The Cognitive Impairment Diversion Program changes lives and keeps people out of jail.
The Disability Royal Commission hearing in February 2021 included a major focus on the Cognitive Impairment Diversion Program (CIDP). At the conclusion of the hearing, Chief Commissioner Ronald Sackville AO QC said:
“We heard from Ms Taylor Budin who explained how the provision of support through the CIDP turned her life around. Had that support been available earlier, it is highly unlikely that Ms Budin would ever have found her way into custody. As she said, ‘If I was in the prison system still, I wouldn’t have this support now and I would be sitting there, screwed … How many other people are still in there that need to be on the program? That could be out, not in?’
My previous article focused on the Justice Advocacy Service (JAS) which provides support for people with cognitive disability caught up in the criminal justice system. This article focuses on the need for a diversion program that complements JAS.
For three years, the Intellectual Disability Rights Service (IDRS) ran the Cognitive Impairment Diversion Program (CIDP) in two courts. This program went a step further than JAS. It linked people into the supports they needed for a good life and to keep out of trouble with the law.
“It is somewhere where you feel safe. You’ve got support. They’re going to put you into programs that are going to benefit you but also benefit court. They’re going to help you change your lifestyle and make good choices in life, not those bad choices any more. They’ll help you get medication reviews done, they’ll help you plan your weeks, they help you make sure you’re linked in to good services.” Taylor Budin, CIDP participant.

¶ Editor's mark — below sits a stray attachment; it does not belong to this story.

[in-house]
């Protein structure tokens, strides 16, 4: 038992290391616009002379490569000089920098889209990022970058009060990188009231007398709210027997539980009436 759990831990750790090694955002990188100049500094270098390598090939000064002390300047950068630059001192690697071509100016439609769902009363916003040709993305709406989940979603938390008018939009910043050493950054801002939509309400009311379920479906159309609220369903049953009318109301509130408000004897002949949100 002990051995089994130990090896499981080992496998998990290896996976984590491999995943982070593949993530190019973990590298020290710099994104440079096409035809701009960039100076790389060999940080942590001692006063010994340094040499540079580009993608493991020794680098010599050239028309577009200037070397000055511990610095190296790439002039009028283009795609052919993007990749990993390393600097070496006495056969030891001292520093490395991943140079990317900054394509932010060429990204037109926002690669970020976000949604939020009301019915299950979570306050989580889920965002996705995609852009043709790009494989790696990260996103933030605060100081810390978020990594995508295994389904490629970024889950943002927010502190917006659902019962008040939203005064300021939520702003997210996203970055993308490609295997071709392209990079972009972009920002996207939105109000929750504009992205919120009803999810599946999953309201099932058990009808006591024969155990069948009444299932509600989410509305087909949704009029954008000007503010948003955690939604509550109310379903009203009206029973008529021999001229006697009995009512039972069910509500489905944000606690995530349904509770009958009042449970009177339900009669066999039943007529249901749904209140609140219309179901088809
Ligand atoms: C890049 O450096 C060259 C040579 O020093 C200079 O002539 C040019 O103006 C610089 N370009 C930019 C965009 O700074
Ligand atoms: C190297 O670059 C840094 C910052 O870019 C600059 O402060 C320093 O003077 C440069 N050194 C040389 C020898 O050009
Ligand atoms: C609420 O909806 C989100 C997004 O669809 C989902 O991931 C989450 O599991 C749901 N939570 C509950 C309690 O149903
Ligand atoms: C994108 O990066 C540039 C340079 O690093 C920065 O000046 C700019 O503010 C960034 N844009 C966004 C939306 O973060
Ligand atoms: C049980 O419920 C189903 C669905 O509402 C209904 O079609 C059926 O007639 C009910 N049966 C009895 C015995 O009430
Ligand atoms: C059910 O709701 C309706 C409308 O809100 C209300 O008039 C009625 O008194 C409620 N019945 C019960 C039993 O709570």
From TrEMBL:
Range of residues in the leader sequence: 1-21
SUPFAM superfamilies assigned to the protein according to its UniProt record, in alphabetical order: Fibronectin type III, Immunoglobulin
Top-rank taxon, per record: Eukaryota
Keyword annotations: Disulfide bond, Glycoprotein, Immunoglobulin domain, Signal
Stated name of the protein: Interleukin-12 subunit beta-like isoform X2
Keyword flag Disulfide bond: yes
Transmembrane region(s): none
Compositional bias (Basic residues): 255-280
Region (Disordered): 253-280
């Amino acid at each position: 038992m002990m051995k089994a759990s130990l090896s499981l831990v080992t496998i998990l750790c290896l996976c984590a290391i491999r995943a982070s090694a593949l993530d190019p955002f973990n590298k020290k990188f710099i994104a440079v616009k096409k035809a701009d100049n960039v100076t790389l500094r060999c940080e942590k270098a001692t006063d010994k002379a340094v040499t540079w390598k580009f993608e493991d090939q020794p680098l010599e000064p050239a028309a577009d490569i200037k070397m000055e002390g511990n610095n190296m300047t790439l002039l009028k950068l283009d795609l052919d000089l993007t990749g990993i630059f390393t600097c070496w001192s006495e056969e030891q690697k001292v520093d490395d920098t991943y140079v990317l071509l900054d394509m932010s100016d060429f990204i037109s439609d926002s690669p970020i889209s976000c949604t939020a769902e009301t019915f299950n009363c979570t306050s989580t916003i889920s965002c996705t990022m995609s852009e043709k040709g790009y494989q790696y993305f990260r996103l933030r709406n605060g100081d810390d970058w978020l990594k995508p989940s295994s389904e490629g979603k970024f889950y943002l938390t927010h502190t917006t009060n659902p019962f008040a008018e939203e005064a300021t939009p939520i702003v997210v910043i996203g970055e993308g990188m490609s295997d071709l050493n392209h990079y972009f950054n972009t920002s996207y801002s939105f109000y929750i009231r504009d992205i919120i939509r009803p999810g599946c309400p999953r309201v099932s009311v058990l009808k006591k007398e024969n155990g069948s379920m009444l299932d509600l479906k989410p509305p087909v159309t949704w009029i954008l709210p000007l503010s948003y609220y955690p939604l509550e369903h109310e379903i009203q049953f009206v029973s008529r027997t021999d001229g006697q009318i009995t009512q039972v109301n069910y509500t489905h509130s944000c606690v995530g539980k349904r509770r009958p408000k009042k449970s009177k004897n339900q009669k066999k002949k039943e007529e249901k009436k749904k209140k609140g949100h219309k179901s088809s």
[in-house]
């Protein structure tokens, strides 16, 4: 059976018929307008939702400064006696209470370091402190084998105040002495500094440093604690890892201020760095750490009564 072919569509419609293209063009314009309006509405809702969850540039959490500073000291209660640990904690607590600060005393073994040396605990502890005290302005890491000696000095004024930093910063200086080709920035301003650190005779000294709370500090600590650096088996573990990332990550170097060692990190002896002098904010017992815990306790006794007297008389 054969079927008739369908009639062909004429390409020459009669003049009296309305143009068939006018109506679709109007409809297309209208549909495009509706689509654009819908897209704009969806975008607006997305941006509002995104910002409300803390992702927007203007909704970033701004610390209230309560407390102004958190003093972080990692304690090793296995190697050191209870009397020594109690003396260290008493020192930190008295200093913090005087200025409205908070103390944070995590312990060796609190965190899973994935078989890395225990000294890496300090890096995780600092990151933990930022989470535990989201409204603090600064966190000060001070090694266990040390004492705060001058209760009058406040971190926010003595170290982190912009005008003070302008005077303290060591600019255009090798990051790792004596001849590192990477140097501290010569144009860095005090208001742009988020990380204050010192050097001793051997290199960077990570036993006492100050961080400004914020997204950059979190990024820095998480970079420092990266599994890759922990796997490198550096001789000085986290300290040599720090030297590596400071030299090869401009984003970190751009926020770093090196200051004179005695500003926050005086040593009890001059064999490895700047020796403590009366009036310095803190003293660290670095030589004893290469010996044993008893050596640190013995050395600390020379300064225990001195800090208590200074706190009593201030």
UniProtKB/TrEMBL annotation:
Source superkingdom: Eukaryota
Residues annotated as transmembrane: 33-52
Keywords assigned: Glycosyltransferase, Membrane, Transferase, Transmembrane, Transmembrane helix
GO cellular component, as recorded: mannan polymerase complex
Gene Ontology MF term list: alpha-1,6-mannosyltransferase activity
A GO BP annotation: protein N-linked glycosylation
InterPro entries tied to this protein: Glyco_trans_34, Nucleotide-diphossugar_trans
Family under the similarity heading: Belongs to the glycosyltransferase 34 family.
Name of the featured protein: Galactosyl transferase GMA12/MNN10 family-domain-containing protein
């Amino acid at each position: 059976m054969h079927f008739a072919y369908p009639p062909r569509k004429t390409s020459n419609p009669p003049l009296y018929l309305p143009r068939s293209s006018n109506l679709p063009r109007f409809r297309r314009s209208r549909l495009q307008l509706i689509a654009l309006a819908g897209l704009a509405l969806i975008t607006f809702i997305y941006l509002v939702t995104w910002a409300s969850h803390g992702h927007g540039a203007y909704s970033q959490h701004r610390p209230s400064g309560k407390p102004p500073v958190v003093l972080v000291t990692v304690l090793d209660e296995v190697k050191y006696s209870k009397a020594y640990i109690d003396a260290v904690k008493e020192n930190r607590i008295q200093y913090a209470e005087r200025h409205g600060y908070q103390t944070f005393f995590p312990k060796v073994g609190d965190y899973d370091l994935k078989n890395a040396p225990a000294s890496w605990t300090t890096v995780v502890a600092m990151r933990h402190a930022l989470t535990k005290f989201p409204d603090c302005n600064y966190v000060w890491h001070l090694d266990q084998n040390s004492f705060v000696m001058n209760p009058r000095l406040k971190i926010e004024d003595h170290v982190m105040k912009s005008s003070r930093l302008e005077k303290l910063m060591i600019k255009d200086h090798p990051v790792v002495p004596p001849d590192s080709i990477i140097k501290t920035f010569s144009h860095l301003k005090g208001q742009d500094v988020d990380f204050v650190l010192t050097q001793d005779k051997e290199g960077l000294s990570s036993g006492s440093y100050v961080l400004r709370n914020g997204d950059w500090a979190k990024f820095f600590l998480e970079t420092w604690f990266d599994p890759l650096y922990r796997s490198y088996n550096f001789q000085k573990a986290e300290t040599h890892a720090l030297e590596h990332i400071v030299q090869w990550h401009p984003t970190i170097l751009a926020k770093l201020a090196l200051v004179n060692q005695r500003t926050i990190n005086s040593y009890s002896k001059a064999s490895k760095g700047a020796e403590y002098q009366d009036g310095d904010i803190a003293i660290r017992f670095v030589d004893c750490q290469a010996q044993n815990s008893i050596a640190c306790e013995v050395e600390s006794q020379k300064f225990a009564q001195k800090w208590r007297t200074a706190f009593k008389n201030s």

The CIDP gave magistrates confidence to make diversionary orders rather than impose jail sentences and other penalties. Diversion orders were made in over 66% of cases. 25% of CIDP clients were Indigenous Australians.
The Department of Communities and Justice stopped funding the CIDP in June 2020.
Despite defunding the CIDP, the Department of Communities and Justice (DCJ) recognised the importance of a program like the CIDP and the value of extending it to more courts. At the Disability Royal Commission, DCJ Secretary Michael Coutts-Trotter said that the Department was putting to Government a proposal for a revamped diversion program.
People with cognitive disability are relying on you Gladys Berejiklian and Mark Speakman
Justice Matters and we need to make sure the June NSW budget includes:
- Continued funding for the Justice Advocacy Service which provides vital support for victims of crime, witnesses and alleged offenders with disability in their interactions with police and the criminal courts.
- Funding for a statewide diversion program supporting alleged offenders with disability out of the criminal justice system and into support from the NDIS and other human services
Disability Royal Commission Chief Commissioner Ronald Sackville also noted in his summary, “This hearing has shown … that there is no shortage of worthwhile approaches to end the cycle created by the criminalisation of disability.” “The difficulty is to ensure that effective programs are introduced, supported and properly funded and not just in the short term.”
“If it wasn’t for CIDP, I think my life would be still down the same track I was in. I’d be in jail right now, probably for like 20 different charges, still doing all types of drugs, still hanging around the wrong crowds, doing everything possible that’s illegal.” Taylor Budin, CIDP participant.
Premier and Attorney General, please make sure the funding is there for people with cognitive disability to get a fair go in the justice system, including a statewide court diversion program.
Watch Taylor’s video here:
Find out more about our campaign Justice Matters here.